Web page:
III. MOTION TO ALTER OR AMEND THE MEMORANDUM DECISION AND JUDGMENT
Petitioner has also moved the Court to alter or amend its memorandum decision on the merits with respect to Claims 2, 14, and portions of Claim 17. This motion shall likewise be denied.
1. Jury Sentencing
In Claim 2, Petitioner alleged that his Sixth Amendment right to a jury trial was violated because a judge rather than a jury decided the aggravating circumstances that increased his punishment from life imprisonment to death. The Court concluded that relief on this theory was barred by Schriro v. Summerlin, 542 U.S. 348, 358 (2004), and Teague v. Lane, 489 U.S. 288 (1989). (Docket No. 312, p. 14.)
As part of the same claim, Petitioner contended that the State's failure to apply the jury trial provisions of its own constitution and statutes to his capital sentencing proceeding violated his federal equal protection and due process rights. This Court determined that Petitioner was essentially challenging the correctness of the Idaho Supreme Court's longstanding view that the right to a jury trial under state law did not extend to capital sentencing proceedings, which is a question of state law that is not cognizable on federal habeas review. (Docket No. 312, p. 15.) Petitioner seeks reconsideration of this aspect of the Court's decision, but his detailed merits-based argument should have been made before judgment. Moreover, to the extent that a colorable equal protection argument may exist under these circumstances, such an argument has been rejected by the Ninth Circuit in Jeffers v. Lewis, 38 F.3d 411, 419 (9th Cir. 1994).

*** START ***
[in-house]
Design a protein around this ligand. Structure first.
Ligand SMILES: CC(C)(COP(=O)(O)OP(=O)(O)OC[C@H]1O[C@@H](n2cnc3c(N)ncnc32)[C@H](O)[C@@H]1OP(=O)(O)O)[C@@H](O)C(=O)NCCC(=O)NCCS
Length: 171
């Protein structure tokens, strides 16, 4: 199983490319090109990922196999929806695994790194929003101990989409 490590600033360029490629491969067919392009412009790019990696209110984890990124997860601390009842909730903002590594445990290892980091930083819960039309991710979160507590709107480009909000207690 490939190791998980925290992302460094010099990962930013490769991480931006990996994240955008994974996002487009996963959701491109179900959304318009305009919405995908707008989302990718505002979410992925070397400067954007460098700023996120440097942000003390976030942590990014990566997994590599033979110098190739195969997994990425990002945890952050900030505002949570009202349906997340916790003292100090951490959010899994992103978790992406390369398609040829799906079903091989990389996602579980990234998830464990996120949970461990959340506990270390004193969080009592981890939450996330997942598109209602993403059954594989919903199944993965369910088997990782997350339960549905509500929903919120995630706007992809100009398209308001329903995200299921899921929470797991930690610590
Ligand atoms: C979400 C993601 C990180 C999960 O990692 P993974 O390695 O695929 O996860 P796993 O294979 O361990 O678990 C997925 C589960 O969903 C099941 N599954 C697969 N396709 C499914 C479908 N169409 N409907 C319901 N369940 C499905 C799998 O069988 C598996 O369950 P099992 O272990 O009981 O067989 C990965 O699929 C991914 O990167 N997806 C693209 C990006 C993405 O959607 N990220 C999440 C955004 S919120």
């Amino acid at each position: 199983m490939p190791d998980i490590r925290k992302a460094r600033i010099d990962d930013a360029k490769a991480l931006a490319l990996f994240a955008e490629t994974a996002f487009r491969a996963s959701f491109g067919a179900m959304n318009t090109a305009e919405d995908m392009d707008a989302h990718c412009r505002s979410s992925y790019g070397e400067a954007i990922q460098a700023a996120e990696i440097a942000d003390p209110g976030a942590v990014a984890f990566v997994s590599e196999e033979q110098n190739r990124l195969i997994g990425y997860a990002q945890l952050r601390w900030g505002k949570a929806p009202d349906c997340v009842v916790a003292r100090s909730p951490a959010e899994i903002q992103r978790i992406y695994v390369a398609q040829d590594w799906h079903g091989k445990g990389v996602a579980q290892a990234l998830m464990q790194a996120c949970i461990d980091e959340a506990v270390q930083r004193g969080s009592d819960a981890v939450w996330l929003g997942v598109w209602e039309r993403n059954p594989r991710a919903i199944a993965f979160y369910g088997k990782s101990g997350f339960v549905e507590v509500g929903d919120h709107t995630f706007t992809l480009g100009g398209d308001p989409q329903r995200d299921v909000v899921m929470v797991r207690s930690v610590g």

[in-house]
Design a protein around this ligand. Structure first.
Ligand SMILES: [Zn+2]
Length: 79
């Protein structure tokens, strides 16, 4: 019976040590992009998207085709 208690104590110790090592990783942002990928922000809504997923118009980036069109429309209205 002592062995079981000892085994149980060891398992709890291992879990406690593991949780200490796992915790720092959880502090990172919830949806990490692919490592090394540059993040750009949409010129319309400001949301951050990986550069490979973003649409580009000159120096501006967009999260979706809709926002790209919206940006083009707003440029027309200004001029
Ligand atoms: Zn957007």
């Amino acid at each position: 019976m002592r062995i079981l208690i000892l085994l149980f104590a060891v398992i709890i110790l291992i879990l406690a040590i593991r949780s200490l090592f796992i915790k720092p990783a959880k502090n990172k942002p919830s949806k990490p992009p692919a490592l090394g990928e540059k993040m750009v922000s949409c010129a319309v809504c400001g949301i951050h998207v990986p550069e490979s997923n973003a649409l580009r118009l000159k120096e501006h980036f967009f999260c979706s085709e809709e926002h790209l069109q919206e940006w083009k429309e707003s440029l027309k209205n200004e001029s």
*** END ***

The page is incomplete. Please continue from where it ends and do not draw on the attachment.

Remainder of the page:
2. Deprivation of Counsel
In Claim 14, Petitioner alleged that his trial and appellate counsel were burdened by a conflict of interest because Russell Webb, a law partner of one of his trial attorneys, had previously represented a potential suspect in this case, Harry Burke. (Docket No. 175, p. 31.) The Court denied relief after finding that Petitioner had failed to allege any facts from which it could conclude that an actual conflict of interest adversely affected the quality of counsel's representation. (Docket No. 312, p. 58.)
Petitioner has now offered a declaration from Webb in which he indicates that he met with Burke, who had been arrested on an old warrant, after Petitioner had been arrested in this case. (Docket No. 321-2, ¶ 7.) Webb contends that Burke's arrest was a pretext to seize his shoes for comparison in these cases, and that a prosecutor told him that the old warrant would be dismissed. (Docket No. 321-2, ¶ 7.) There is no indication that Webb's representation extended beyond this point. These facts do nothing to further Petitioner's argument that he was deprived of his right to counsel as a result of a conflict of interest.